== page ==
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The Holmen High School boys soccer team has seen its fair share of success in the past three seasons under the direction of coach Guy Turner.

The Vikings have posted back-to-back MVC titles and had the program’s most successful season on record in 2018 with a 22-2-1 record and their first appearance in the WIAA state tournament.

A difficult climb to the top of the conference, Turner said, can be credited mostly to players buying into being successful after many years of struggling on the varsity level.

“The success has been with program buy-in,” he said. “When the players have a taste of success, it turns into, ‘What’s the next thing we can do?’, ‘What can we do better?’, and ‘How can we always keep rising?’”

The Vikings have started this season with a tie against Marshfield and a 5-1 victory over Central. Turner’s team looks very similar to last year’s version with plenty of starters returning.

The team’s captains — seniors Jackson Lutz and Brayden Kreibich — are part of the team’s continued drive for success.

“We have a lot of returning players from last year, and that’s a great problem to have. The leadership we have there is huge for our program,” Turner said. “There’s always guys that wish to be a part of the captain tradition. We want to make sure that Holmen soccer can win the conference again after these guys graduate, and we want to make sure that it doesn’t fall off and leave with them.”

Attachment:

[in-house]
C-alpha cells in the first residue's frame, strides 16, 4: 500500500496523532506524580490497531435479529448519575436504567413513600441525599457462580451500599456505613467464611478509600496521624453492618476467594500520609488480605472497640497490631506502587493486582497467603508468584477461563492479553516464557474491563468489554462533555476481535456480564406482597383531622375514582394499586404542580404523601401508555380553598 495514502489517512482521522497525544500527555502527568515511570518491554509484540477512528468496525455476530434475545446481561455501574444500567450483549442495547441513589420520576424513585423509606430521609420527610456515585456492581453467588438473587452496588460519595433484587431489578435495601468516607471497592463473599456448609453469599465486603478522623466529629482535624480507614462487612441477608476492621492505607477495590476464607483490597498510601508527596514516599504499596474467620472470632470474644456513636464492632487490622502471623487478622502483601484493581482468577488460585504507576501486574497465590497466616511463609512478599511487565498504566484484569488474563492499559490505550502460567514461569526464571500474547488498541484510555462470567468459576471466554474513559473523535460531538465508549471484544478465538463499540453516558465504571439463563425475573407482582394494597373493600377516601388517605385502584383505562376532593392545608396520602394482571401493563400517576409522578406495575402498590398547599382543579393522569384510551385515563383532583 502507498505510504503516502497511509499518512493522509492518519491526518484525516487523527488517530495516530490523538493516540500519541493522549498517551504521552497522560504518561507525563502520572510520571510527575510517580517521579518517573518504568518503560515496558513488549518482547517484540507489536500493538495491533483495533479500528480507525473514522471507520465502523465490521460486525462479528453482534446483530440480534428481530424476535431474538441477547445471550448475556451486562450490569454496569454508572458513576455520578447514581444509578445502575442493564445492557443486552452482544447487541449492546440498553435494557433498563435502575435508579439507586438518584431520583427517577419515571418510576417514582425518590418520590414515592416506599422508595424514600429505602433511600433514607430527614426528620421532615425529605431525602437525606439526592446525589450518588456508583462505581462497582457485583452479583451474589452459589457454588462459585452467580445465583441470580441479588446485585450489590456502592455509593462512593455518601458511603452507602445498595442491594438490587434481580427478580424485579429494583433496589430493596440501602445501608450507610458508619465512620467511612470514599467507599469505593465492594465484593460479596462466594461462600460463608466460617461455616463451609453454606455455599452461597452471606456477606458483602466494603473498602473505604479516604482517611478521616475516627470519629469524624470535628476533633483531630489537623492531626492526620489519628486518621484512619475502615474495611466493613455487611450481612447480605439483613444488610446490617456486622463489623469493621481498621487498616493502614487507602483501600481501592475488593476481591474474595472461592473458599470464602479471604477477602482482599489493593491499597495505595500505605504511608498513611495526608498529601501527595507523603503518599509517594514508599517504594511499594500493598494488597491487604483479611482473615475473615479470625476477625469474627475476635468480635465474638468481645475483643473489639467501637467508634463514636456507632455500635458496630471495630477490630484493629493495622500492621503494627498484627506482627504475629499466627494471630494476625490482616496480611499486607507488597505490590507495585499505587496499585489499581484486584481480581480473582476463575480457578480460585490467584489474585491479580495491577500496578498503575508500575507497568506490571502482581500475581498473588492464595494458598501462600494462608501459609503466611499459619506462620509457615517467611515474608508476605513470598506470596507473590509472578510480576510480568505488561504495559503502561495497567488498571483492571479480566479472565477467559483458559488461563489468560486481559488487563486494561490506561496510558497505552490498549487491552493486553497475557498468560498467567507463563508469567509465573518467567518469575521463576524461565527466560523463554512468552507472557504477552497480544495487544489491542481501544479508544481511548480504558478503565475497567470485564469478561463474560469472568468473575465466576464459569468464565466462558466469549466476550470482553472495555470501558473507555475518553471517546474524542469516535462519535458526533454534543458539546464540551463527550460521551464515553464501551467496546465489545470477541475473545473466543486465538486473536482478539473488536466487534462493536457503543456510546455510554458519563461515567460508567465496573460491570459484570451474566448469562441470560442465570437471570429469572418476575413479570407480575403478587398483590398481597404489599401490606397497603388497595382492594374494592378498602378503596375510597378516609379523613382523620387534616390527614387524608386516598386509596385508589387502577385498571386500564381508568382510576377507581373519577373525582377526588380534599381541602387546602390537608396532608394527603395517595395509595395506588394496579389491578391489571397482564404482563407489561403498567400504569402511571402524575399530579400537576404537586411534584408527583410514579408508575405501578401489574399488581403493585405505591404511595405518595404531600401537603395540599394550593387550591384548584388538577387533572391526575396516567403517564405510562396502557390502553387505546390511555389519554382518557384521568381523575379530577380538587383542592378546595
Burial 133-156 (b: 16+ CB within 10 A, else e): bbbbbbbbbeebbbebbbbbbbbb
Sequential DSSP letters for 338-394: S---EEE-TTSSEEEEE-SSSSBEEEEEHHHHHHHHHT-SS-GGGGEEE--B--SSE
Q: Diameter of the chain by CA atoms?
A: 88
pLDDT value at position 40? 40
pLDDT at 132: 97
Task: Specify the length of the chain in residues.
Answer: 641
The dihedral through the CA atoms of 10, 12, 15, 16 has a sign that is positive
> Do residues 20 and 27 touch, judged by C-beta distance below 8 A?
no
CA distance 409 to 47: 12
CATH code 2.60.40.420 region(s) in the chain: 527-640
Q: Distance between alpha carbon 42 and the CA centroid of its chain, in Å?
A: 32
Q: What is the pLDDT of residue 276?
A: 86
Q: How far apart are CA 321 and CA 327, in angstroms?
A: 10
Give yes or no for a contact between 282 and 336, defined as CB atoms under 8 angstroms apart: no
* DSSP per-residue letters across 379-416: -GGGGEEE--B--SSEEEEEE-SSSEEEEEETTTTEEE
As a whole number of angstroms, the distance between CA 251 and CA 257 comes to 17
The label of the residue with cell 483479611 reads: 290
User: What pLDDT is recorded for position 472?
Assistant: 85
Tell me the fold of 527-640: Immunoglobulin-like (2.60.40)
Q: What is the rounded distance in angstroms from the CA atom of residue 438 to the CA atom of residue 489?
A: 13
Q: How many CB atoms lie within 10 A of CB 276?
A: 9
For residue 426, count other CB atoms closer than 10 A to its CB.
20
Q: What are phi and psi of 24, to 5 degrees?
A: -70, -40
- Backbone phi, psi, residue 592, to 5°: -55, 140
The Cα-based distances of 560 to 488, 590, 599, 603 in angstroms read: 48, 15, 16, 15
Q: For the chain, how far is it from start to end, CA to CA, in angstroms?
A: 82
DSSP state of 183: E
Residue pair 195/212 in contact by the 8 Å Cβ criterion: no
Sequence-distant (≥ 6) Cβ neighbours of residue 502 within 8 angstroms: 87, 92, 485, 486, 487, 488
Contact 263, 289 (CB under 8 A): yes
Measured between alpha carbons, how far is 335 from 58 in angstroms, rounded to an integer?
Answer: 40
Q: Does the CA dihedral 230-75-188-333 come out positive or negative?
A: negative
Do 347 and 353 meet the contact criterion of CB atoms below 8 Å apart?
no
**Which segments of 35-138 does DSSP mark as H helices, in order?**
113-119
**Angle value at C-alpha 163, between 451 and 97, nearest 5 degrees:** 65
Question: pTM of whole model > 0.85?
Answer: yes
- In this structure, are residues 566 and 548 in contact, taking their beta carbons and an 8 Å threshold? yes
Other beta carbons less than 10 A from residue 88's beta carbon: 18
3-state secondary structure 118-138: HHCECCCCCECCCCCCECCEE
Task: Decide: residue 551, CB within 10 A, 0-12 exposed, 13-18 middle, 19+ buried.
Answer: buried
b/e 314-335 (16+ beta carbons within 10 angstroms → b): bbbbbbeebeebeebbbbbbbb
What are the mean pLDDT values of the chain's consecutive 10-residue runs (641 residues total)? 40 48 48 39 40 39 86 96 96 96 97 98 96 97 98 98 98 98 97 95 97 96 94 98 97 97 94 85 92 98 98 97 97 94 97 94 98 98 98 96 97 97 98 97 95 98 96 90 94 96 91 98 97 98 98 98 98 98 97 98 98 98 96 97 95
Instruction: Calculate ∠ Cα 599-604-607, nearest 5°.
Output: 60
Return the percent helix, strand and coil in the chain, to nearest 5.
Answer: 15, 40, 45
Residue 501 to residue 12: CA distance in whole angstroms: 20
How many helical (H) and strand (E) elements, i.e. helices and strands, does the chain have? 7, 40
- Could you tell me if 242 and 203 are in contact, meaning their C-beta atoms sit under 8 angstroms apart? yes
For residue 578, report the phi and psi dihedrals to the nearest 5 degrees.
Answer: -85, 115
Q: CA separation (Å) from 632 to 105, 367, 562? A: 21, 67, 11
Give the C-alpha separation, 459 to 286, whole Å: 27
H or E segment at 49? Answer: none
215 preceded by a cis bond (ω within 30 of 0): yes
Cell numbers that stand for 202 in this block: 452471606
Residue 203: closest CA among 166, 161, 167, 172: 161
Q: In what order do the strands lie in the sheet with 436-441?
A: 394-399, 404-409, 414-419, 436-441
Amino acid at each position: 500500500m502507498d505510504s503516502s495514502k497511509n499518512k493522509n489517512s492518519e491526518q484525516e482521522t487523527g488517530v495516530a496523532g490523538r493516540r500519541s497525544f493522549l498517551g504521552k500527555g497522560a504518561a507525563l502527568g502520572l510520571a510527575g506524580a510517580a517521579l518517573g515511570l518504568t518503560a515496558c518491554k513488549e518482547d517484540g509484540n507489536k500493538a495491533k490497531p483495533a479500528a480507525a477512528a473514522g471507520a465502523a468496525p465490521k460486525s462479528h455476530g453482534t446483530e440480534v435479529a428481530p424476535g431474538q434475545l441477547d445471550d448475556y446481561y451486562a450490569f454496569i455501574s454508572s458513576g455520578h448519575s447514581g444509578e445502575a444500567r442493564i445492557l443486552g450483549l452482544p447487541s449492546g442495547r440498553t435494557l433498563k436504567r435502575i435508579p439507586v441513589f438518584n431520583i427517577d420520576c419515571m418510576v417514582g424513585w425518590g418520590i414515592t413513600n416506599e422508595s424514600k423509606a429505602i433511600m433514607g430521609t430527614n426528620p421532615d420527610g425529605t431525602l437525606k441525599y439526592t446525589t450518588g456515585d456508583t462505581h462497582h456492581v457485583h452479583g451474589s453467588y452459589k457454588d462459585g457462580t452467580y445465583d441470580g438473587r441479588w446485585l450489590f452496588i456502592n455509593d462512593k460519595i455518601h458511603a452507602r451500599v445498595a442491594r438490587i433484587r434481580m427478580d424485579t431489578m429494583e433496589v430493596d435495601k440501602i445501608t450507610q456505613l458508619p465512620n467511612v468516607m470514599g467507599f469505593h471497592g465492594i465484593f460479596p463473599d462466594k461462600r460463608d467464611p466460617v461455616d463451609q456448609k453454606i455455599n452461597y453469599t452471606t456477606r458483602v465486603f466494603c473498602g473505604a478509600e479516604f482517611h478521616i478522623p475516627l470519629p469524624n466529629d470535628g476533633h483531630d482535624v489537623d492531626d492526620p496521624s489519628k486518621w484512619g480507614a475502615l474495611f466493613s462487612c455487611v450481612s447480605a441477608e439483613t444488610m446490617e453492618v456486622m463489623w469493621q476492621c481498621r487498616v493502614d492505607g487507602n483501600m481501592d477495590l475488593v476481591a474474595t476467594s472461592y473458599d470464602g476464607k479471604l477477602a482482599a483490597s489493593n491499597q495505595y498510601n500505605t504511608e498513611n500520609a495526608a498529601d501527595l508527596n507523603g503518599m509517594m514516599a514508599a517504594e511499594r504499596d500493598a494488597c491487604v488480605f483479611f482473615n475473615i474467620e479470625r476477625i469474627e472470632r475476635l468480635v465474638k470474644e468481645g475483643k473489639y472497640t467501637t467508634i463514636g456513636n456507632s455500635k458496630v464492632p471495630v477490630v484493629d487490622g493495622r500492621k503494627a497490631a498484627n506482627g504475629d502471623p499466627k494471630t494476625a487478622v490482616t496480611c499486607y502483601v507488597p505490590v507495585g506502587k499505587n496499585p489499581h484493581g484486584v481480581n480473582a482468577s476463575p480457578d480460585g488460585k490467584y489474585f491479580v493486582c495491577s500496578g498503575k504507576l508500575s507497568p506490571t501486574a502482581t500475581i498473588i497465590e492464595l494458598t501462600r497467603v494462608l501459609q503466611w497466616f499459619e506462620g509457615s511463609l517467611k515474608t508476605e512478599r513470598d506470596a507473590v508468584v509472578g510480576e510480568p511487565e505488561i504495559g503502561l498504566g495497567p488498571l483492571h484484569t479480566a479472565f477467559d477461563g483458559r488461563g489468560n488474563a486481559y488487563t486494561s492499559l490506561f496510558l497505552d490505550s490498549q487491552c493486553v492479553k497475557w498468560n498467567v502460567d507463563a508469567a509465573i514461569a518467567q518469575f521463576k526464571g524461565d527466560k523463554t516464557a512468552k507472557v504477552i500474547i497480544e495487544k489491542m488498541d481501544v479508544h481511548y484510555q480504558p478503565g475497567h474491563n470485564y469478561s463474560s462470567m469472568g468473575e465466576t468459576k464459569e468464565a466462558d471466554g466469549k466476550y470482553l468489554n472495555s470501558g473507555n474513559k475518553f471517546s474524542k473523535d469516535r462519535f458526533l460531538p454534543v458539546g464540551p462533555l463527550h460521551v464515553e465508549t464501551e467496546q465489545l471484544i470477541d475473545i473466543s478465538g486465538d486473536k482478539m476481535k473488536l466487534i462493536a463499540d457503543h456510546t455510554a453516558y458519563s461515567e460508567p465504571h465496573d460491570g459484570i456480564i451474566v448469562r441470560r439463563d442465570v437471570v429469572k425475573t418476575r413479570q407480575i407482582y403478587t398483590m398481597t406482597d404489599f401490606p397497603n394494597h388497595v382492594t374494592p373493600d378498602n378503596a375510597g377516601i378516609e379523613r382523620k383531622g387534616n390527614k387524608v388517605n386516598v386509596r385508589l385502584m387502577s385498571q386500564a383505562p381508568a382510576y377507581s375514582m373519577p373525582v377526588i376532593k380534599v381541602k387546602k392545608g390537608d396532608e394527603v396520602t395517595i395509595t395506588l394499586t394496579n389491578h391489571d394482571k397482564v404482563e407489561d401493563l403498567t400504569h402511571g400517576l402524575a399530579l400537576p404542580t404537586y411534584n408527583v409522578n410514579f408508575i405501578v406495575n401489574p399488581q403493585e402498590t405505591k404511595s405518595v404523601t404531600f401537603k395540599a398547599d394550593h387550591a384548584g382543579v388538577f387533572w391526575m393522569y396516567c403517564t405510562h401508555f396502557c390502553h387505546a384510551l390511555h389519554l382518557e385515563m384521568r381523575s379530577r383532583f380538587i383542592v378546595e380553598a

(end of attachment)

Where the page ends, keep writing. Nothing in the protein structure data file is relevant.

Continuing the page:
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Keeping up the Holmen soccer tradition is done with a large team goal in mind — becoming MVC champion for the third year in a row. A deep postseason run is second on the list of goals, but all eyes are focused on winning the conference title again.

Getting the MVC crown is done by changing things up. Carrying over the same focus, techniques and practices from one year to the next isn’t going to do much good, according to Turner. This year, a large change has been with the team’s focus, which is cohesiveness.

“We can’t replicate what we were doing last year and bring it over to this year,” Turner said. “We have a lot better focus and determination on team bonding and unity and with so many senior coming back, we always have to reinvent ourselves.”

Having a dialed-in focus is necessary in soccer because of the lengthy 90-minute battle that ensues during each game. Having to fight through the constant back-and-forth game with little time to evaluate and think through plays can be stressful and demanding, and Turner knows that the team has to be able to take everything in stride without dwelling on what’s happened.

“Soccer isn’t a 100-meter dash. It’s a marathon that’s full of ups and downs,” he said. “It’s a marathon of a game and a marathon of a season. If things go bad, we just have to take it, adjust accordingly and continue on.

“It’s a huge mental game because we can’t take timeouts, and we don’t have time to sit back and reflect. Everything comes back at us pretty quick.”

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Sarah Waara can be reached at sarah.waara@lee.net or via Twitter @sarahjane016

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